Thursday, 12 March 2009

Bacon Sandwich

I'm pretty busy writing up my work at the moment, hence the long break in posting this month. I'll try to fire out a few short but useful entries over the coming weeks rather than saving it all up for the monolithic posts I usually make.

Every week, some newspaper or another makes us frightened or happy by covering the latest risk data regarding "causes" or "cures" for cancer, stroke, heart disease and the like. Apparently they won't be happy until they've fully catalogued all Things at least once over, and preferably twice with flatly contradictory information. They present us with statements such as "Bacon Sandwiches raise cancer risk by 20%". That would probably put quite a few people off eating bacon sandwiches, but it's not a statistic you'll ever find in a peer-reviewed scientific paper. And there's a good reason for that. This sort of figure is what is called a "relative risk increase". It's calculated by taking the dividing the new risk (with bacon sanswiches) by the normal risk (sans sandwich) and multiplying by 100. We can see the weakness of that way of representing the numbers with an illustration such as this:

The risk of killing yourself with a revolver loaded with only a single bullet in a random chamber is 1 in 6. Put two bullets into two random chambers and the risk is 2 in 6 (or 1 in 3). These are absolute risks as opposed to relative risks. In percentages, the absolute risk is just over 16% with one bullet, but twice that (32%) with two bullets. Now let's do a Daily Mail on it and express this as a relative risk increase. That's a 16% increase over 16%. So by putting in the extra bullet you've just increased your risk of killing yourself when you pull the trigger by 100%. That last number is certainly the scariest, although we must admit that none of these numbers is particularly fun.

But here's where it gets interesting (stop rolling your eyes please). Imagine the risk of catching a fatal dose of the flu is 1 in 10,000,000 for each time you go to work on the train, but is 2 in 10,000,000 if you take the bus. These odds are very much lower than the absolute risks relating to the gun. In percentage terms they sound comfortingly low too (0.00001% increasing to 0.00002%). You're probably not going to base your public transport decision making on these numbers. However when we convert these numbers into a relative risk increase, we get... 100%. A headline that says "Buses Raise Flu Death Risk by 100%" is certainly going to either make you think twice about using the bus, or is going to make you think that those silly boffins are just spoofing (didn't they say buses were better for some reason last week?). You get exactly the same punch in a Daily Mail headline as the gun risk, and yet in reality they're not even vaguely similar.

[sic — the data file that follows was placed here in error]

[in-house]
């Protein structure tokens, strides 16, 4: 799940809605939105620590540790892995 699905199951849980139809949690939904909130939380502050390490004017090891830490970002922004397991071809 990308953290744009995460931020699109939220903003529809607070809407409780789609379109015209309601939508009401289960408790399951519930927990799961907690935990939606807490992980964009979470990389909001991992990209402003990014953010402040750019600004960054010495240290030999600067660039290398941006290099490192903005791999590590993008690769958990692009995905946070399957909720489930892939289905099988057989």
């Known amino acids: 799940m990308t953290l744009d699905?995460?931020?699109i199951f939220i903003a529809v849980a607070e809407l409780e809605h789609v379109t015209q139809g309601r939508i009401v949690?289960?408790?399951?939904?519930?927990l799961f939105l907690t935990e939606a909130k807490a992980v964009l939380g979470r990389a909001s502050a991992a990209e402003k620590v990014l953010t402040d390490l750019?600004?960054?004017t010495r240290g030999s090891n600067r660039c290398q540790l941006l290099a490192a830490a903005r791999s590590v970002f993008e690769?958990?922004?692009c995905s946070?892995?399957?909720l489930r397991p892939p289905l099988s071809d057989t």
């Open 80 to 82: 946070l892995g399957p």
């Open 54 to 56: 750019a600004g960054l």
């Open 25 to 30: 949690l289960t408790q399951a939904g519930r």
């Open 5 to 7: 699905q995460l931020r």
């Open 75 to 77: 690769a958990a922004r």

This week a nice site caught my eye which puts all of that statistical wonder into a fun little web program that allows you to see the various ways in which scientific data can be made more scary. There's all sorts of ways to make a scare story out of a non story, and you can rest assured that most of the newspapers are quite prepared to use them.

Image from Wikipedia released under the terms of the GNU Free Documentation License.


Michael said...

I don't know about cancer, but all these pictures of bacon sandwiches are making me very hungry.

The Biologista said...

Totally with you there. Tomorrow's breakfast, I think!

Hortan said...

Mmm bacon *drool*, but seriously if you have a bowel-oriented condition bacon (or any fried food for that matter) can be quite disrupting..

Moderation is key.

The Biologista said...

Yes, I have heard that greasy foods can wreck havoc with certain conditions. IBS and the like.

Sharon said...

Nicely explained.

As I read, the smells of grilled bacon and fresh coffee are wafting up the stairs as my lovely husband prepares breakfast. Mmm.

spuriousmonkey said...

"The risk of killing yourself with a revolver loaded with only a single bullet in a random chamber is 1 in 6."

Apparently not even that since the weight of the bullet decreases the chance that the bullet stays on top where the barrel is located.

Depends then really on how well the revolver is maintained. A well maintained piece decreases the chances.